Category Archives: memory

One day you will remember…

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“One day you will remember this moment. And it will mean something very different.”

This was a single line extract from The Dictionary of Obscure Sorrows. It’s regarding memories that suddenly slip back in and suddenly flood the moment. As poignant as the sentiment was, it got me thinking, and I realized that the implications of the two sentences were amazingly complex, and a little disconcerting. Each idea tangentially shifts into another, and what I think about keeps splitting off into more and more, so I will try to slice this up with some concision.

Sentence 1) One day you will remember this moment…

There will come a day when I look back on this moment. That alone is amazing. What it says is that the present moment is part of a structure stretching into the future and moving from the past. It may appear to have narrative, because that’s what my mind asserts over the top of day to day events while so many aspects are truly disconnected and disparate (like a dream, where the dreaming brain automatically spins a yarn from whatever strangeness is emptying out of the unconsciousness just to make sense of it). Yet, in my memory of the moment, I will weave a vaguely coherent story to connect it to the rest. Some spiritually minded people would throw even more layers on top, calling the paths of our lives to be determined destiny or fate, or that everything happens for a reason, which might well be true and comforting, but it doesn’t resound with me. I’ve been told too many times that things were supposed to be, only to have them fragment.

memoryThat said, we can accept that despite the disconnected nature of existence, the brain will construct a story to help it make sense, to provide order, and given that my brain is how we perceive the world, then I’ll accept that as explanation.

If the future hasn’t happened, then what I’m experiencing is only a fragment of something larger, a few words in a story that is ongoing. I think that perspective alone lends some degree of comfort, that each moment is not the be-all and end-all. The significance of this moment, and all the rest like it, is not yet known to me, similar to the axiom of ‘one door closes and another opens’. My future self will exert significance I couldn’t even imagine. It’s why I find the term ‘this is a learning experience’ almost amusing and paradoxical, because how much of an experience is going to end up positively stored and utilized seems absolutely out of my control.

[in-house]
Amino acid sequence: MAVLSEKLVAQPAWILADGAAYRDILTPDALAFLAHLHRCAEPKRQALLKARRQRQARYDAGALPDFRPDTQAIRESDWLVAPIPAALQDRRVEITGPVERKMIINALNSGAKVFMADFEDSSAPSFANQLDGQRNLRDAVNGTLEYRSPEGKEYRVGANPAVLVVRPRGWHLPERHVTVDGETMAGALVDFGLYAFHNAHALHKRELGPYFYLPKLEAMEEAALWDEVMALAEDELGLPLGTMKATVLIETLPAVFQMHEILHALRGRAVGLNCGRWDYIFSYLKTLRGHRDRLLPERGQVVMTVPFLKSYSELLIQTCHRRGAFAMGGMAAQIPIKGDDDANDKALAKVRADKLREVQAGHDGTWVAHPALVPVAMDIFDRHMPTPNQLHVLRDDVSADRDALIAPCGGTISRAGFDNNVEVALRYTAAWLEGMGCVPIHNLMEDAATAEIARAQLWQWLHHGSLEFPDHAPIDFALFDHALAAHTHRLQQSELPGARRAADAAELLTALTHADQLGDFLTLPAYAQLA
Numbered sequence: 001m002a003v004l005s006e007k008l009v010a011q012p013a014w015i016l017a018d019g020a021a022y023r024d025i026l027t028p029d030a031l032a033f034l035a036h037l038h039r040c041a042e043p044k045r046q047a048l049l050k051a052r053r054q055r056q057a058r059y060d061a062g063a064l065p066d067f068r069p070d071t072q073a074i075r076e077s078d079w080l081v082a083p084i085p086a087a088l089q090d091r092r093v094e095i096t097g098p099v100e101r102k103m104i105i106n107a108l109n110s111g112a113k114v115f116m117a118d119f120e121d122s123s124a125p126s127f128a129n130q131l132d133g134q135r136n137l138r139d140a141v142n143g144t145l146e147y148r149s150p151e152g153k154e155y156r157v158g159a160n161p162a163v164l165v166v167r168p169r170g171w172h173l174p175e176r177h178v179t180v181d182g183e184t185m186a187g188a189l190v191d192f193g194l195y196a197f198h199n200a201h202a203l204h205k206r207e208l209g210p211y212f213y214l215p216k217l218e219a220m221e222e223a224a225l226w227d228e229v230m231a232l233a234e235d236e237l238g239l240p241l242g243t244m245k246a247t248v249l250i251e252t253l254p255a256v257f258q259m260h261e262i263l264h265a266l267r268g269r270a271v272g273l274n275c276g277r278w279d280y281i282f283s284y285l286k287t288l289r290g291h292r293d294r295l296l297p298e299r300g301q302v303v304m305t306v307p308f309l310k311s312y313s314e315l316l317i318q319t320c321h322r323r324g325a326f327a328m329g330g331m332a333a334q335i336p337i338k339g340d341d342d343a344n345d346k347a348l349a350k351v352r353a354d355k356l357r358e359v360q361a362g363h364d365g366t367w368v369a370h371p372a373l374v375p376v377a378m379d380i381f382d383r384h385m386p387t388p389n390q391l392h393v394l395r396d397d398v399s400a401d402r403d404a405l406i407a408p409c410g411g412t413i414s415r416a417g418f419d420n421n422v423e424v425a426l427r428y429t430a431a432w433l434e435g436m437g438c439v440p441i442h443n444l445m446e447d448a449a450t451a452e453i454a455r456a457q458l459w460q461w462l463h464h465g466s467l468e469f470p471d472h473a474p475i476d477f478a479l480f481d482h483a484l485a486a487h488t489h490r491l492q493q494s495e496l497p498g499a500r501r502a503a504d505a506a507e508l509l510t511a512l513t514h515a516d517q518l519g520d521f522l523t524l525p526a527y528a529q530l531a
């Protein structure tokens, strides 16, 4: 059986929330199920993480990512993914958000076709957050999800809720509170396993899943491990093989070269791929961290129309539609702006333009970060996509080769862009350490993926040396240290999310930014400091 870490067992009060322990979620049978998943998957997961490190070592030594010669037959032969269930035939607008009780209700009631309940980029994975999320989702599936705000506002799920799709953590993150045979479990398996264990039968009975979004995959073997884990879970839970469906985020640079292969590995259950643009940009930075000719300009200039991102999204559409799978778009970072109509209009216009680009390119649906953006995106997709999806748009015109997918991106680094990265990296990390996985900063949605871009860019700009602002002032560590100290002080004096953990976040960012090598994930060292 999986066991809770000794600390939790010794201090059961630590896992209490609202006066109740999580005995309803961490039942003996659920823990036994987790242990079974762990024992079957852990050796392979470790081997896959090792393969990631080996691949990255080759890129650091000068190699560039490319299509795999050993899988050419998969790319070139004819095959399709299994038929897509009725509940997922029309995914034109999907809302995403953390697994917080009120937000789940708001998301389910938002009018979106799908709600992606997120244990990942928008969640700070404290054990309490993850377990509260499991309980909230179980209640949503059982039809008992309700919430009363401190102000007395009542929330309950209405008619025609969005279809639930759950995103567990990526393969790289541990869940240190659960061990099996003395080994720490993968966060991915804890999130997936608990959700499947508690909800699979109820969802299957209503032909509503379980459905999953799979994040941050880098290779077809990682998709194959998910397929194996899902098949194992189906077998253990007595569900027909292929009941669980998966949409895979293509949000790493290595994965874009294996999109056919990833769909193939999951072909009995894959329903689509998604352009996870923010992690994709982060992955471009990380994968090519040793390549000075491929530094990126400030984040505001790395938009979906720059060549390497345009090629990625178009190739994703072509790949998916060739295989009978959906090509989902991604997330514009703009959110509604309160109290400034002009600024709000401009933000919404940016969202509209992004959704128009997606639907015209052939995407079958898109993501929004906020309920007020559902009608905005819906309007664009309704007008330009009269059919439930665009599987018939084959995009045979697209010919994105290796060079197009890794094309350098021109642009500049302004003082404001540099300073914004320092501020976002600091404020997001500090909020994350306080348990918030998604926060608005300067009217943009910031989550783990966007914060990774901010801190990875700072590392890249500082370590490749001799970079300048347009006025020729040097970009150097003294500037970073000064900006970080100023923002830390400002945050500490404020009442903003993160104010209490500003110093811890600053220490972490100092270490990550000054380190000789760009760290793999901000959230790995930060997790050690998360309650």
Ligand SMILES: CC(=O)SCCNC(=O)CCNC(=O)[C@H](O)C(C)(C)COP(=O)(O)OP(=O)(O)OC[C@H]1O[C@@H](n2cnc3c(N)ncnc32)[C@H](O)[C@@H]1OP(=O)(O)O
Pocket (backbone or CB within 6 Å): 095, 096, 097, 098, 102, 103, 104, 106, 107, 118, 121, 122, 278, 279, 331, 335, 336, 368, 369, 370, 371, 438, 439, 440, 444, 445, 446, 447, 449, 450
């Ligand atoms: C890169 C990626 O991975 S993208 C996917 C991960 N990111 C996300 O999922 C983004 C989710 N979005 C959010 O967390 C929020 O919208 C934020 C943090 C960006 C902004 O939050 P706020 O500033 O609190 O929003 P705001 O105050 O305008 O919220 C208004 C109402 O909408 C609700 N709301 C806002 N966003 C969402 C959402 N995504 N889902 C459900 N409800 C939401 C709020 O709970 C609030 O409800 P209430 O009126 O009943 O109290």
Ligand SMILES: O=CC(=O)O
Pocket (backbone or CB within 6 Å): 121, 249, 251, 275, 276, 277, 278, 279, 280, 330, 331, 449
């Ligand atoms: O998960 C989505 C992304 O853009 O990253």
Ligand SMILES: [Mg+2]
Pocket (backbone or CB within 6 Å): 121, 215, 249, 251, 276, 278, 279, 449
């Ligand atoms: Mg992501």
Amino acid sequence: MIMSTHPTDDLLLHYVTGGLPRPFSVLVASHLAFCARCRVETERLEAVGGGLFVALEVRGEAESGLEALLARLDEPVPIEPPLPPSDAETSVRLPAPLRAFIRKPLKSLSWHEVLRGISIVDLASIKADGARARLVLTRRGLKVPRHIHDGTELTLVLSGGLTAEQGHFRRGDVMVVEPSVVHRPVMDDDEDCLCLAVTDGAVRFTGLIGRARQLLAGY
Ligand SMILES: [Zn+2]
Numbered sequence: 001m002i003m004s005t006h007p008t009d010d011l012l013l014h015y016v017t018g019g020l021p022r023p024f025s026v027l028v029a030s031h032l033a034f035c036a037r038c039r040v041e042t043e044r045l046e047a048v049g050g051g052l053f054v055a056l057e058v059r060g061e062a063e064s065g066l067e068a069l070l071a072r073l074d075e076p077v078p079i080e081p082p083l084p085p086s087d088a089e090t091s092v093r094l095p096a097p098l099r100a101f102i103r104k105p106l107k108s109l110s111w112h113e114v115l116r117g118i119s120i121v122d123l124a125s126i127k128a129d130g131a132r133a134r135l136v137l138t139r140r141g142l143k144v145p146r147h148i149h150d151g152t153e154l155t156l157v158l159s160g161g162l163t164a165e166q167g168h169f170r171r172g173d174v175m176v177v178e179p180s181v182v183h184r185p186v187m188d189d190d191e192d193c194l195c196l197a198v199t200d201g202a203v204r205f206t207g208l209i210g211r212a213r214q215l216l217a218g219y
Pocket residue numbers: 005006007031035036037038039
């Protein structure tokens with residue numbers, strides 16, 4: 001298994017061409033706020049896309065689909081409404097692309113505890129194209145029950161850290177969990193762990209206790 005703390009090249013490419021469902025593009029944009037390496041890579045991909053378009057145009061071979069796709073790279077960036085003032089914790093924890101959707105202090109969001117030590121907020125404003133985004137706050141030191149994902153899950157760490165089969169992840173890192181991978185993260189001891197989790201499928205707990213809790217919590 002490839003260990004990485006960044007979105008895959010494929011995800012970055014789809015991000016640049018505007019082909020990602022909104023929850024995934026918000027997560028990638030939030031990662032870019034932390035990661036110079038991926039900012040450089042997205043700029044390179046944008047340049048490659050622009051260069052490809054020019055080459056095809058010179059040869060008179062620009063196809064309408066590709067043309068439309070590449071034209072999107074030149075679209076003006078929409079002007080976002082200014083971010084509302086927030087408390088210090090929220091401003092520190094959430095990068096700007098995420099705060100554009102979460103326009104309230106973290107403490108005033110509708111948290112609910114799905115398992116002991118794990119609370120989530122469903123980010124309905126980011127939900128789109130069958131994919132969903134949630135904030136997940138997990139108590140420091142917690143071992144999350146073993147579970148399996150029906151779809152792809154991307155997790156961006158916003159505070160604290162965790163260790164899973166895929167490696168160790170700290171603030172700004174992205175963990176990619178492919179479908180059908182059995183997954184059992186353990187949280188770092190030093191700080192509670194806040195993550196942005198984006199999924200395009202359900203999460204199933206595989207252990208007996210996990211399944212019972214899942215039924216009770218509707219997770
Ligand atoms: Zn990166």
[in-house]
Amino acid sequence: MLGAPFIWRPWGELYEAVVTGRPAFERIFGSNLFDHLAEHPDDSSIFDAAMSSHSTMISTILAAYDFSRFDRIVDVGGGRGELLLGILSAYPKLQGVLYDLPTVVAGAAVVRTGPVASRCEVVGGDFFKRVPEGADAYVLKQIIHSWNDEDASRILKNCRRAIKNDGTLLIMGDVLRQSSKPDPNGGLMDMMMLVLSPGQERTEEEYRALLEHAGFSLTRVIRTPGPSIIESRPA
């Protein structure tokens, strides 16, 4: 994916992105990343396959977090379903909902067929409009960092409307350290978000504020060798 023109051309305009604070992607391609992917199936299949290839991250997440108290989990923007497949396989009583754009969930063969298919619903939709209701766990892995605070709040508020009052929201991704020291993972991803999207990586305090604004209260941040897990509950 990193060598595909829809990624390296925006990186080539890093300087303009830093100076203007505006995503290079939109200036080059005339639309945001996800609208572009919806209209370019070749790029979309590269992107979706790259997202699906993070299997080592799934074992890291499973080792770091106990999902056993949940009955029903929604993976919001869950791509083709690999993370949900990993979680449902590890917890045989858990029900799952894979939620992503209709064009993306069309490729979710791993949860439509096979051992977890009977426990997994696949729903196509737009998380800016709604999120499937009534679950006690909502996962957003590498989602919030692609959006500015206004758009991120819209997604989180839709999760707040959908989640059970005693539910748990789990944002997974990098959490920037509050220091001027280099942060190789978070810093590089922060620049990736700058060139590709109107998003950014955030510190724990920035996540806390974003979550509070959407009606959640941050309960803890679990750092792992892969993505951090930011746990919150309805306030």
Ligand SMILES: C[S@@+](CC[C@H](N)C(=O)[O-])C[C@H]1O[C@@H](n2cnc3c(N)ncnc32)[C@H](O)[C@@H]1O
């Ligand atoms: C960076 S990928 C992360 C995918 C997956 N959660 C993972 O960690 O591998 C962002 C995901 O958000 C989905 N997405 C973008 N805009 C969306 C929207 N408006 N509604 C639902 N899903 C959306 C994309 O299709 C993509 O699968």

Sentence 2) …And it will mean something very different.

Not only will my future self throw some narrative importance over the top of these moments in ways I can’t even fathom, I won’t even remember the moment correctly. Here’s where I risk truly spinning off into a thousand tangents due to being a self-confessed mnemono-maniac , but even just contemplating what any given moment truly is blows my mind. The nature of reality, how we perceive things, our bias, deficiency of awareness or even hyper-awareness of things to obscure others. How narrow our scope of perspective truly is. Ask anyone how they remember a moment and it will never be the same, in any way, and there is no way of knowing which is the more accurate (one of my favorite games is to ask someone how they recollect an experience and marvel how different it was from mine).

polaroidNow, take that memory and throw it across days, months and years. It refines down to a shadow of its former self. The memory is corrupt and changed, moulded around other concepts and ideas, degraded like a repeatedly photocopied image until the flavor of it is completely different.

That alone is… worrying? I’m not sure. Modern neuroscience says that memory is even less of a static thing, that every recollection modifies it, and in fact your memory of an event is simply a regurgitation of the last version you recalled. The very nature of our lives is apparently fluid and changing. Even the externalization of memories in photographs, film and writing is an experiential element prone to our own reinterpretation with every viewing (the best they can do is trigger recollection where memory of the original experience might have simply disappeared).

“One day you will remember this moment. And it will mean something very different.”

If there can be such a thing as a conclusion to this rambling mess of a post, it would be that, to me, together the sentences read as a kind yet sobering reminder not only of the impermanence of our lives and the lessons we take from them, but that forces in our brains, beyond our control, will generate a story of our pasts that we didn’t write, with us acting roles we didn’t plan for with no discernible plot. My reaction to this is one of great concern and fascination, and would certainly make me completely relate to anyone summarizing their existence with the last words of “What the hell just happened?”

“Time and memory are true artists; they remold reality nearer the hearts desire.”
-John Dewey

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